The Grand Junction Railroad ran through this area, crossing Halloway Road a short distance from Halloway Heights. It is now a hiking trail. Is there any way to post photos on your page?


    • Hello, Peter, and welcome to Meanwhile, at the Manse! So nice to hear from someone who lives in beautiful Halloway Heights. I drove through the hamlet again just today, and once again was struck by how lovely it is. (And the tulips and daffodils planted in that garden that I wrote about are blooming way ahead of the ones I planted up here in Queensborough.) I don’t think there is a way to post photos directly through comments, but I’d love to see them and if you send them to me at, I do believe I’ll have another post or two about Halloway Heights (photos by Peter) on my hands!

  5. I used to visit here often as a child. The house pictured above, next to the mill ruins, is relatively new, I believe. I would stay on that property… it was a farmhouse then (1970’s). Perhaps the 1855 came from the mill? The mill was still standing, barely, when I used to visit. We were forbidden from going near it… too dangerous. I used to have nightmares about it. Always thought it was haunted. Next to the mill then was a lovely farmhouse style home renovated by the Lajunen family. There was a tire swing hanging from a great big tree out front. Just a short ways up the road… if memory serves, lived the Emersons. I brought home a kitten from their farm once… without permission from my parents. Oops.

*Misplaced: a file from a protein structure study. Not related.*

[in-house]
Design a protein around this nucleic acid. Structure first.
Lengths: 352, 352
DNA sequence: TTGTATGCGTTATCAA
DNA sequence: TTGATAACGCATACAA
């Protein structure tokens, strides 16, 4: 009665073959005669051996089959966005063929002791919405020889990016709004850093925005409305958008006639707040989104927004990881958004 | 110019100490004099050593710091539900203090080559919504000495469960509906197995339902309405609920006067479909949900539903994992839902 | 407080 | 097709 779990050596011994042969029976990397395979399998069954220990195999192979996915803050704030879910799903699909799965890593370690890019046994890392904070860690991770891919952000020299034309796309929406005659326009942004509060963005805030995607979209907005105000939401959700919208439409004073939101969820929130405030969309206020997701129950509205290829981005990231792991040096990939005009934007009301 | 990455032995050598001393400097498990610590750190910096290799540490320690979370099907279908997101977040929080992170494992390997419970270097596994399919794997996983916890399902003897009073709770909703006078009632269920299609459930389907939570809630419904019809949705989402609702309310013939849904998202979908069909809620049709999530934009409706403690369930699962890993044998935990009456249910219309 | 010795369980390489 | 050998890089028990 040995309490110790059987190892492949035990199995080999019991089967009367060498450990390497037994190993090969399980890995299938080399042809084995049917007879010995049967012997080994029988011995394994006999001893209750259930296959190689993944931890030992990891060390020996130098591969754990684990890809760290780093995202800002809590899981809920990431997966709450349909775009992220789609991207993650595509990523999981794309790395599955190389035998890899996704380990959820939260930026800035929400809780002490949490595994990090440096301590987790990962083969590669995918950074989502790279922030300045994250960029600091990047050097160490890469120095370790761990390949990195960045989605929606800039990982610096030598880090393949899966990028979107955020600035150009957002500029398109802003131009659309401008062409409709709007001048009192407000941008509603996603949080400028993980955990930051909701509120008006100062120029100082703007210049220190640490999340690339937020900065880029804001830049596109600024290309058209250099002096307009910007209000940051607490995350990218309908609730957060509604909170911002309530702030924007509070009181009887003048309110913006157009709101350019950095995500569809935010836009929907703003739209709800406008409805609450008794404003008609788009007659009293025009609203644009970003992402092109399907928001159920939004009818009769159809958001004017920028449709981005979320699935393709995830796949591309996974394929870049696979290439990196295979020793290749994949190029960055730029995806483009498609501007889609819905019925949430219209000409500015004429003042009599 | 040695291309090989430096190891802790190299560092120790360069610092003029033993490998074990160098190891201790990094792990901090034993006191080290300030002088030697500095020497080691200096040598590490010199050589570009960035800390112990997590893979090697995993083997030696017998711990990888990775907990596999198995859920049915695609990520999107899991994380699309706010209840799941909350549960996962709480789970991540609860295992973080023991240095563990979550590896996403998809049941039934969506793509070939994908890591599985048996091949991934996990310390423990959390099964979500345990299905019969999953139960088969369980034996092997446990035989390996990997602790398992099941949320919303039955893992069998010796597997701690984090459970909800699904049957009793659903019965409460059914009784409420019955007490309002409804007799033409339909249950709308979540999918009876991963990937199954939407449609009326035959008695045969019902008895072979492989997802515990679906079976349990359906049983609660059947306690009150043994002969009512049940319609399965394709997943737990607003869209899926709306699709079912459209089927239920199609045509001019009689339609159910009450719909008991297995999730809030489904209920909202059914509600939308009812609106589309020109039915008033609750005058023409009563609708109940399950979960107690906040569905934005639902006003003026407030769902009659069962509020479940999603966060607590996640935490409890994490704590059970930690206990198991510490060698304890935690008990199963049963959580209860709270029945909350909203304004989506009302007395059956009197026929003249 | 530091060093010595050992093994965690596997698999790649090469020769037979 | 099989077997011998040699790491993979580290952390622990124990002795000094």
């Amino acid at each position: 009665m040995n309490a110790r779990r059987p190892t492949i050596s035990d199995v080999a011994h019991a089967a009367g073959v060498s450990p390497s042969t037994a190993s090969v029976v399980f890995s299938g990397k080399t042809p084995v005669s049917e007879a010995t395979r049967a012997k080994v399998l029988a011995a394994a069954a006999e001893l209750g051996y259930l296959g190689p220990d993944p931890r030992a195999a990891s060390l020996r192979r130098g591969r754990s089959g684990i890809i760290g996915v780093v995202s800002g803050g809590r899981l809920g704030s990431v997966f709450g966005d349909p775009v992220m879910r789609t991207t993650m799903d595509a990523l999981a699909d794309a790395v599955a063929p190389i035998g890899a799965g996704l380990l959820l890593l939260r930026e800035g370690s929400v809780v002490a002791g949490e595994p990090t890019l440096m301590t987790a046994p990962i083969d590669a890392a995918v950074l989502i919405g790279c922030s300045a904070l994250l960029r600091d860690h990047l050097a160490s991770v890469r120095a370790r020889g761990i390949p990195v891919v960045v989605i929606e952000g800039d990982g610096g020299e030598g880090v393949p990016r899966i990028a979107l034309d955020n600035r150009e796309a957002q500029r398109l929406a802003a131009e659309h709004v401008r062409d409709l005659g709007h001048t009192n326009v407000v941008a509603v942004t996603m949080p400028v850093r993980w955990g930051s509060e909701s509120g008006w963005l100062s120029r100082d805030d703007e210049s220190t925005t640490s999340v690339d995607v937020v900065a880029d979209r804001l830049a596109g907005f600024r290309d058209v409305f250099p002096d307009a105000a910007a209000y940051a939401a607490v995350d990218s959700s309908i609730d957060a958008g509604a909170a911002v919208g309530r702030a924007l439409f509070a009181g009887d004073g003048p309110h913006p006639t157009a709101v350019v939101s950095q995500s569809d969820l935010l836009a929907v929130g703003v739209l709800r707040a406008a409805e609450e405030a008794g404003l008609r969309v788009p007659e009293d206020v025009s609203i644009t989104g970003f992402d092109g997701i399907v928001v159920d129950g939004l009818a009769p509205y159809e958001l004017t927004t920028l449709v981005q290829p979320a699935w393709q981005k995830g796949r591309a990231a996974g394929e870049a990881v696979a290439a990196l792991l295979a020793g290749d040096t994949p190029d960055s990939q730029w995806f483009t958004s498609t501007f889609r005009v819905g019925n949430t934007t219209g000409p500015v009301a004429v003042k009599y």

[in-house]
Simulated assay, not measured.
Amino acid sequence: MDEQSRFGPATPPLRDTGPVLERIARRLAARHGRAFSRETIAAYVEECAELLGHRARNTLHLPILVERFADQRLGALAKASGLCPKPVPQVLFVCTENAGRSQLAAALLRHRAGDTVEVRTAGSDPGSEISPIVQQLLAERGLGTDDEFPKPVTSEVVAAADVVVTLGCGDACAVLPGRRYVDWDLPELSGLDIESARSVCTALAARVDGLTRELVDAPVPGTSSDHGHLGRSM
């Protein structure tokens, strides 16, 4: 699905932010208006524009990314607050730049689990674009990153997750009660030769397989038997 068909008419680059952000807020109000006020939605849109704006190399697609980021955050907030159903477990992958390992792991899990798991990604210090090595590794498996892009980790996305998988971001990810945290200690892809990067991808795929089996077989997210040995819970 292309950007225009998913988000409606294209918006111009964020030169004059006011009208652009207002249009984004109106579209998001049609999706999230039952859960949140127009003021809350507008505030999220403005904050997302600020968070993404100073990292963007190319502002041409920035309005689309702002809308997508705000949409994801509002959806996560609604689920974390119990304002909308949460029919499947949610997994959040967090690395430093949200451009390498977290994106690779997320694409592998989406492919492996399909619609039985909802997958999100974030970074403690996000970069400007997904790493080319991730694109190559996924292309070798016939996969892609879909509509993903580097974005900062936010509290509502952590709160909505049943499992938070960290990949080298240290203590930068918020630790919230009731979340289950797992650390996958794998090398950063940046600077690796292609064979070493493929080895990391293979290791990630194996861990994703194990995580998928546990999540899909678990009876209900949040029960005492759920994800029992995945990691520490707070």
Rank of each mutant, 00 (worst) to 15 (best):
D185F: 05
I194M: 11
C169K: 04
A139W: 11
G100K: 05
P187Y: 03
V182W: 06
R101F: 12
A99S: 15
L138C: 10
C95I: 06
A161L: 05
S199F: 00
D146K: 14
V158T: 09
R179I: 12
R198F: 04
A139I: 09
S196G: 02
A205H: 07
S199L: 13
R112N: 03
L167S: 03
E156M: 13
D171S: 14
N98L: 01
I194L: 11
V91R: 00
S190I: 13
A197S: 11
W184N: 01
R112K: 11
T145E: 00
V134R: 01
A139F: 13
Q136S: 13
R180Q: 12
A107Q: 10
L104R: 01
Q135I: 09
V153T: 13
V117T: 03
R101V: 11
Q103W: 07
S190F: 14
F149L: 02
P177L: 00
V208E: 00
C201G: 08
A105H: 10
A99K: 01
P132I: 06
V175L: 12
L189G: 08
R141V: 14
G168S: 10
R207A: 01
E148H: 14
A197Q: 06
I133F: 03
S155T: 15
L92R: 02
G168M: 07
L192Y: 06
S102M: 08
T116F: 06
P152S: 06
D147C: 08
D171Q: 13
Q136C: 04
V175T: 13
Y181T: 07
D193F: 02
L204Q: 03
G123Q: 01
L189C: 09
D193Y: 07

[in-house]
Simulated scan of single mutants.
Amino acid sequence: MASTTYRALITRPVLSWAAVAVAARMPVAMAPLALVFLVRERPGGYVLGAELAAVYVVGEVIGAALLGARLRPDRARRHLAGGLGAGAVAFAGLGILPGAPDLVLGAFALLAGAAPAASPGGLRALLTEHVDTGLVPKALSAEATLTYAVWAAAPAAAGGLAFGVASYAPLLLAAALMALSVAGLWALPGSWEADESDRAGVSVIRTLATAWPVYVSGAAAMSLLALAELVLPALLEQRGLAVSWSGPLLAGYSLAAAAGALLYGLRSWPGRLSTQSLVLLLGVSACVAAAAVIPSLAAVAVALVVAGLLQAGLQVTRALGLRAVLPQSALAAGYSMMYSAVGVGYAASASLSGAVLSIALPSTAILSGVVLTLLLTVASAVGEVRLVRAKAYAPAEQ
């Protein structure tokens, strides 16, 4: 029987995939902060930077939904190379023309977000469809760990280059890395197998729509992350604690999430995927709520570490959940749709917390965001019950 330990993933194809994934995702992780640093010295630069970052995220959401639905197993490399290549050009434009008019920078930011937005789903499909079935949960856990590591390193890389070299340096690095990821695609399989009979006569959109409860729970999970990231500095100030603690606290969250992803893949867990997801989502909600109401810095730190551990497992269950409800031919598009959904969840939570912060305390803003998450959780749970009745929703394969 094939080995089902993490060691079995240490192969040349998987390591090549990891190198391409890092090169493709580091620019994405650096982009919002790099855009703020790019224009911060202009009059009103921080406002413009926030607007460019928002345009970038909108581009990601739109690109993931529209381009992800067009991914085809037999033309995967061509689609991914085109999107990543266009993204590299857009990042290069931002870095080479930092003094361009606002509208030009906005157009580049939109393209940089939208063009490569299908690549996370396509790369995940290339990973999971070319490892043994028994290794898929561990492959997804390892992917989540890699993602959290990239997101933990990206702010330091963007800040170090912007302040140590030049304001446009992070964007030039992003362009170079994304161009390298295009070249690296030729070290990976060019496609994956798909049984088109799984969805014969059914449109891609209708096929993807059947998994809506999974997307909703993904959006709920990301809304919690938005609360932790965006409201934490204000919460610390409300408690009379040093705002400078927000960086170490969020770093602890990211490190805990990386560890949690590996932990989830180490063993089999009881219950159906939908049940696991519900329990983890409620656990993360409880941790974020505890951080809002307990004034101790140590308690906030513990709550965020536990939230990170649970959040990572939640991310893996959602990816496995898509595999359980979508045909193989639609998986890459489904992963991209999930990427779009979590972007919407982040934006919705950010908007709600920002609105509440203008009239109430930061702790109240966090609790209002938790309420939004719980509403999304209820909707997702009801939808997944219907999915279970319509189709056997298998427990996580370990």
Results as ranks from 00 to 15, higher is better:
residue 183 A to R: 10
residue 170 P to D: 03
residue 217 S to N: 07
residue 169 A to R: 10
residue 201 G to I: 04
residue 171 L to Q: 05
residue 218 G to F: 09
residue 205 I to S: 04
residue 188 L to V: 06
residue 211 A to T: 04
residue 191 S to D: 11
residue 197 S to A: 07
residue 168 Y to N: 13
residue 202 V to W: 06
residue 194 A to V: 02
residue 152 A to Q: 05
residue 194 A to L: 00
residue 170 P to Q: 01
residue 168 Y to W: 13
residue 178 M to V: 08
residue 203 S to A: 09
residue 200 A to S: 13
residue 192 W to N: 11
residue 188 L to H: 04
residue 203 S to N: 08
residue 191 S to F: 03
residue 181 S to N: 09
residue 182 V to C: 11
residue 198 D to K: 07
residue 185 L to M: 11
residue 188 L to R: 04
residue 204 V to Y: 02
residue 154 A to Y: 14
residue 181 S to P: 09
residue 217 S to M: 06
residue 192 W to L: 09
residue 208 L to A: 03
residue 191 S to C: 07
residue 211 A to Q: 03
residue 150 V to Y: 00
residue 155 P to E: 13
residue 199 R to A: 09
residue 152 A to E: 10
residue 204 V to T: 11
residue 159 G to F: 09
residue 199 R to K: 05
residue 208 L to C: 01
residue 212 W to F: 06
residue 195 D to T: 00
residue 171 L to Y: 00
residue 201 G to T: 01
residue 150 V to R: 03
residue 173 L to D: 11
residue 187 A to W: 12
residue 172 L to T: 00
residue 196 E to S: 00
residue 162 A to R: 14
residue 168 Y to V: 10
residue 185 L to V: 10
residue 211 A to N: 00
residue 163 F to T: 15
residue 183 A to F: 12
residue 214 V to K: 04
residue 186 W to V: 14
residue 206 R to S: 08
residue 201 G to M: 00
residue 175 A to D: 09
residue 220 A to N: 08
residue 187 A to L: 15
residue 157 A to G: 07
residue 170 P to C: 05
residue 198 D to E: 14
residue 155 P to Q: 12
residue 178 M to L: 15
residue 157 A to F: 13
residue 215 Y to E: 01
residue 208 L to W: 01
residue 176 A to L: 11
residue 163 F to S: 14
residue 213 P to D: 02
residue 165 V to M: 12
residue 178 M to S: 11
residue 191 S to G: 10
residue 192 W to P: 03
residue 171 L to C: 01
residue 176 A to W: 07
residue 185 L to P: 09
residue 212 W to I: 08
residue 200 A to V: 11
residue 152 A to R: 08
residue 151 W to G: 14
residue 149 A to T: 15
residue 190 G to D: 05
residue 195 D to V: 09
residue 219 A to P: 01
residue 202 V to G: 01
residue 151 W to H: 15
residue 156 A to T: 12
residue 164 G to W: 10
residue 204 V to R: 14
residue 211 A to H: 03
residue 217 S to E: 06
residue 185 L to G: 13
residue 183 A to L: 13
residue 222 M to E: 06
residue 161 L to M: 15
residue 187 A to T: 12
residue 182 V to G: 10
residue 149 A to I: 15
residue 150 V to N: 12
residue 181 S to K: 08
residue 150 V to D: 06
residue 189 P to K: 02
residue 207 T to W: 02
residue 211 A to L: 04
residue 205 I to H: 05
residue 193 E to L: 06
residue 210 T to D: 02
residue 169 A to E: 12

I can remember being inside the old store too… but for the life of me can’t remember if it was operating as a store… i think it may have been.
    I was so pleased to find this write up as I was looking up Holloway. Thanks!

    • Hi Lisa – I in turn am so pleased that you came upon my post about this very pretty little corner of southern Hastings County. And what delightful memories you shared! My No. 1 question: did your parents let you keep that kitten? I sure hope so. In re-reading my post from more than two years ago, and looking again at the pictures, I see you are absolutely right: that impressive and sprawling stone house is not from the 19th century. I bet you’re also right that the 1855 stone came from the mill. By the way, the house (which, though not old, is very attractive) has now been sold, so another person or family gets to enjoy living in this lovely little hamlet!

  6. The Stone house across from former
    Village Store was My Grandparent
    Home it was much small it has been
    Expanded & renovated using the ruins
    Of the Grist Mill they ran which the foundation is still visable ,
    Donald F Reid